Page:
Following speculation over the sale of Abbey Road studios, the U.K. government has listed the building at Grade II, which gives it a protected status.
The 1830s villa at No. 3 Abbey Road in north London was given Grade II status based on the historic merit of the studios. The decision, based on advice from the body English Heritage, was confirmed today (Feb. 23) by culture minister Margaret Hodge.
EMI, which owns Abbey Road, announced on Sunday (Feb. 21) that it did not intend to sell the studios where the Beatles recorded the majority of its songs. The major said it is in talks with third parties about revitalizing the site, but did not reveal further details.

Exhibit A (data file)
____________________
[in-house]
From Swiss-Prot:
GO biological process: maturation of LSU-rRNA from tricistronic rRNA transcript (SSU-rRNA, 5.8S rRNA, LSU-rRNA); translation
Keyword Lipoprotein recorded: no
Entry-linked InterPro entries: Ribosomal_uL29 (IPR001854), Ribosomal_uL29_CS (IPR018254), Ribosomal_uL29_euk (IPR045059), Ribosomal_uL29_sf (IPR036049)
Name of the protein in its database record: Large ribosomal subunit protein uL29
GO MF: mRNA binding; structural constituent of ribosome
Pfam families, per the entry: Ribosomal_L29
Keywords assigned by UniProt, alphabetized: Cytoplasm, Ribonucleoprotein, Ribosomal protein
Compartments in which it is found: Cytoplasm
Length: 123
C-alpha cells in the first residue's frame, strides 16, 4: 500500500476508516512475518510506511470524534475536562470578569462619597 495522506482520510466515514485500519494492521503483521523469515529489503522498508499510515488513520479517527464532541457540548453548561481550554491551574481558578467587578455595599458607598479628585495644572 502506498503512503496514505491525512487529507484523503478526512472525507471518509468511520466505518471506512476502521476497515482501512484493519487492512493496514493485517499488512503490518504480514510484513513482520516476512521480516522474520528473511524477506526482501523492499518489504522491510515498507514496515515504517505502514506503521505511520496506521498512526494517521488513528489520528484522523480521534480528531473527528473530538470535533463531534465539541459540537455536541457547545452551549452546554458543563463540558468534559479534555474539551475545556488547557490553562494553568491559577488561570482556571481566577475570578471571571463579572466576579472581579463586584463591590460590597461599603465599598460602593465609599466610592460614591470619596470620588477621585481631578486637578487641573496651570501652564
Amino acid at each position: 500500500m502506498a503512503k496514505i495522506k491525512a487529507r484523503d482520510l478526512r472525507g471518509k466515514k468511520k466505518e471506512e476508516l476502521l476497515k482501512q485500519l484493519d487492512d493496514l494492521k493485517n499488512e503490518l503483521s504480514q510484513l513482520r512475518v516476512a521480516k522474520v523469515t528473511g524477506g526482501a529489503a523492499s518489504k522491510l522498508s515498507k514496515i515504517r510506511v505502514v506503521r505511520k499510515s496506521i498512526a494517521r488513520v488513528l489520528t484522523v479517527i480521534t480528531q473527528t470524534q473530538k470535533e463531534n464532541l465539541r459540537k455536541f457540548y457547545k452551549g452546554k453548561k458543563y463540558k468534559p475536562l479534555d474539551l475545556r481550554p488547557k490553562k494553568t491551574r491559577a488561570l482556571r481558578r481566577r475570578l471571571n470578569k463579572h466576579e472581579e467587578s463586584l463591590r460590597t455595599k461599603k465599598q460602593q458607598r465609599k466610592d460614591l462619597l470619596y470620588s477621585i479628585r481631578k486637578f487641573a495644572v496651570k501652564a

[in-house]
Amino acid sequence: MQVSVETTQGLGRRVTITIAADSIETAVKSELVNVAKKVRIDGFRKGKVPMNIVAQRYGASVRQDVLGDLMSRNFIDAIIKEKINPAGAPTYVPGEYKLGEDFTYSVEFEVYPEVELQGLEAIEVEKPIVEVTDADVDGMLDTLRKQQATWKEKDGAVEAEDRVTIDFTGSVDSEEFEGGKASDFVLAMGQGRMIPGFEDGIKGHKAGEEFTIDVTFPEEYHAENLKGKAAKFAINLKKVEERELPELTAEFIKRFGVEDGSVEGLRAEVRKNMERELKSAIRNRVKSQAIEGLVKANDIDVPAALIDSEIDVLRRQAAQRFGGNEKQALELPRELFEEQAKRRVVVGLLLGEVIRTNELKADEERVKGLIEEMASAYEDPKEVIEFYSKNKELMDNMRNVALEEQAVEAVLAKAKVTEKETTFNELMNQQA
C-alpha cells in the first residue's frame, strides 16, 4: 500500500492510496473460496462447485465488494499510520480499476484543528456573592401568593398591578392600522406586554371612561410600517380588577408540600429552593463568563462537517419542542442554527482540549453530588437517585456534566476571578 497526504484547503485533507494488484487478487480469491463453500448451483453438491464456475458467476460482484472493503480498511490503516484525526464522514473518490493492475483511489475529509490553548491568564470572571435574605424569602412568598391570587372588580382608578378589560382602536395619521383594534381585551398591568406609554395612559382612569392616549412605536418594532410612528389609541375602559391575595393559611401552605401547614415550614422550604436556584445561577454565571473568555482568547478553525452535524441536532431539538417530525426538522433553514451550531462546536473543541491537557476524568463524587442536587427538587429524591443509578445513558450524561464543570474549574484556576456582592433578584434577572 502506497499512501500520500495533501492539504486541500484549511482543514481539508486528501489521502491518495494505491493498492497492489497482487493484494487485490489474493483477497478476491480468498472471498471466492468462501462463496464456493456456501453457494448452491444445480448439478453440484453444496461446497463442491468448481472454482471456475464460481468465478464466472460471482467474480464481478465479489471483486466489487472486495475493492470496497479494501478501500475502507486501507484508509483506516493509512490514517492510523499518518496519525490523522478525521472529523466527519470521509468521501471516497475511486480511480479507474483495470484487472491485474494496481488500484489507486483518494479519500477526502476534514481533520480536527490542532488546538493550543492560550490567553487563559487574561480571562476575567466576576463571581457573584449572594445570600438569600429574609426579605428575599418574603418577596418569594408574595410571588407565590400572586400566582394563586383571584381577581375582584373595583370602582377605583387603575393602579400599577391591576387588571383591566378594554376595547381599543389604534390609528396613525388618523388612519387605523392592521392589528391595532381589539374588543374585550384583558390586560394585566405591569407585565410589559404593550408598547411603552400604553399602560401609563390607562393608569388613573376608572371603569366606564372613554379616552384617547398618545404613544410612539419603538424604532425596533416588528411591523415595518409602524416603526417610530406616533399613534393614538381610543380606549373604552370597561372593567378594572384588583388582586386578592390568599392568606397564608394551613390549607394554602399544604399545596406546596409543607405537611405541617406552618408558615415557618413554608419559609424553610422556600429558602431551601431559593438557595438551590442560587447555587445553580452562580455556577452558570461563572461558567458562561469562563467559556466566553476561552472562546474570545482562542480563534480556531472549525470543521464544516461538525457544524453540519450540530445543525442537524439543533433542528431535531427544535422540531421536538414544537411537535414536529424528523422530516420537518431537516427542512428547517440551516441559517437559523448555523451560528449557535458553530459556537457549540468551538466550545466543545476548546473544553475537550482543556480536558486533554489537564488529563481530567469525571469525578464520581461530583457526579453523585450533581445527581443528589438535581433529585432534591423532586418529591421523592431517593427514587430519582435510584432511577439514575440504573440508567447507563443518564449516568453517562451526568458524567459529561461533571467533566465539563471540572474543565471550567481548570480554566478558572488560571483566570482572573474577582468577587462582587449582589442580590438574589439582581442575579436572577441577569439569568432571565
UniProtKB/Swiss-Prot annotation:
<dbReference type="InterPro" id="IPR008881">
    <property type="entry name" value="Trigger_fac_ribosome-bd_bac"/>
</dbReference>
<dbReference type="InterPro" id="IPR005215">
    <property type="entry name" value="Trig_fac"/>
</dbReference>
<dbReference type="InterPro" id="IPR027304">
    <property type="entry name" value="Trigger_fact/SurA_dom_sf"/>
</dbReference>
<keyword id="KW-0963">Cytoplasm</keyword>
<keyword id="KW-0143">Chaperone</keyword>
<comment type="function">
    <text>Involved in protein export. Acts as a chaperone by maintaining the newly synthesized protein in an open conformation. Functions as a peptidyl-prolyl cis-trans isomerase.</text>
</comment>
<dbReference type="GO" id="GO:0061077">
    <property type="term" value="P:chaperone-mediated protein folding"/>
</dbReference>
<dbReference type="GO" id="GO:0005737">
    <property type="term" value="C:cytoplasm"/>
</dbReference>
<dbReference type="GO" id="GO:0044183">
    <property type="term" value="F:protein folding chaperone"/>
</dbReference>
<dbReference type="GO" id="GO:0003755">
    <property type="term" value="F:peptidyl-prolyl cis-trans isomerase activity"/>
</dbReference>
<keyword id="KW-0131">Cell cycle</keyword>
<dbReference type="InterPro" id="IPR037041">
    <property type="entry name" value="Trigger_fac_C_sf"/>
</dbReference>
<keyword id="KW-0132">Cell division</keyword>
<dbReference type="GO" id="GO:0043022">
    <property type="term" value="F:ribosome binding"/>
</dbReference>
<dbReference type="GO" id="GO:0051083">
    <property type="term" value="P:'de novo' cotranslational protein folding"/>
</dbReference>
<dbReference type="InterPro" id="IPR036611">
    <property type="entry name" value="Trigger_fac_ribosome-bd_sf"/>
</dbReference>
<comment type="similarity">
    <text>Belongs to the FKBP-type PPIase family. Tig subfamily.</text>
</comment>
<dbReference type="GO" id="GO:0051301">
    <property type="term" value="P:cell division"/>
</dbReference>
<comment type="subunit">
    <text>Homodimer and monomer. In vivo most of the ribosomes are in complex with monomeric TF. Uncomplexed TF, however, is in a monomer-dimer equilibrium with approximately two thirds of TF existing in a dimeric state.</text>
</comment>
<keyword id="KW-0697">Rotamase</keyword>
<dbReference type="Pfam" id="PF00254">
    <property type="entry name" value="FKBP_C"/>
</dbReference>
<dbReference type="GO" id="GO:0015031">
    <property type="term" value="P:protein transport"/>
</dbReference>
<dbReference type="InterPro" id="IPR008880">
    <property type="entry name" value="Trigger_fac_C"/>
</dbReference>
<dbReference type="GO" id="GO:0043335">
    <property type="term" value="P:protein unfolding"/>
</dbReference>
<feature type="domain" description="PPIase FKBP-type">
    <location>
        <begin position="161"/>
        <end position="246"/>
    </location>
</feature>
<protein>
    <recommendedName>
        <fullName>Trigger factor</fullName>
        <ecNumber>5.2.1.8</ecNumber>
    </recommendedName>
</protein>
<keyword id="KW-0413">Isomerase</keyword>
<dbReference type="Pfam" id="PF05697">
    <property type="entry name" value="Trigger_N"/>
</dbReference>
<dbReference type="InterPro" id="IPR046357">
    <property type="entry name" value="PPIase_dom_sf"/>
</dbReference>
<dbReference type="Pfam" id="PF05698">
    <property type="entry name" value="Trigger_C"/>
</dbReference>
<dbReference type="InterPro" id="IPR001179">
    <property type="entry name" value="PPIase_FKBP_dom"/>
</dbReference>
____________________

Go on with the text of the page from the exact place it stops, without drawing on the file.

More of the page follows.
It has huge cultural importance and a very special place in the hearts of recording artists and music lovers alike," said a government statement. The new listing status will ensure that, although changes to the interior are not prohibited, care must be taken to ensure that any alterations with respect to its character and interest are fully considered.
The Abbey Road Studios have been listed in acknowledgment of their outstanding cultural interest and to ensure that recording artists for generations to come can continue to make and record music in the same rooms as musical icons of years gone by."
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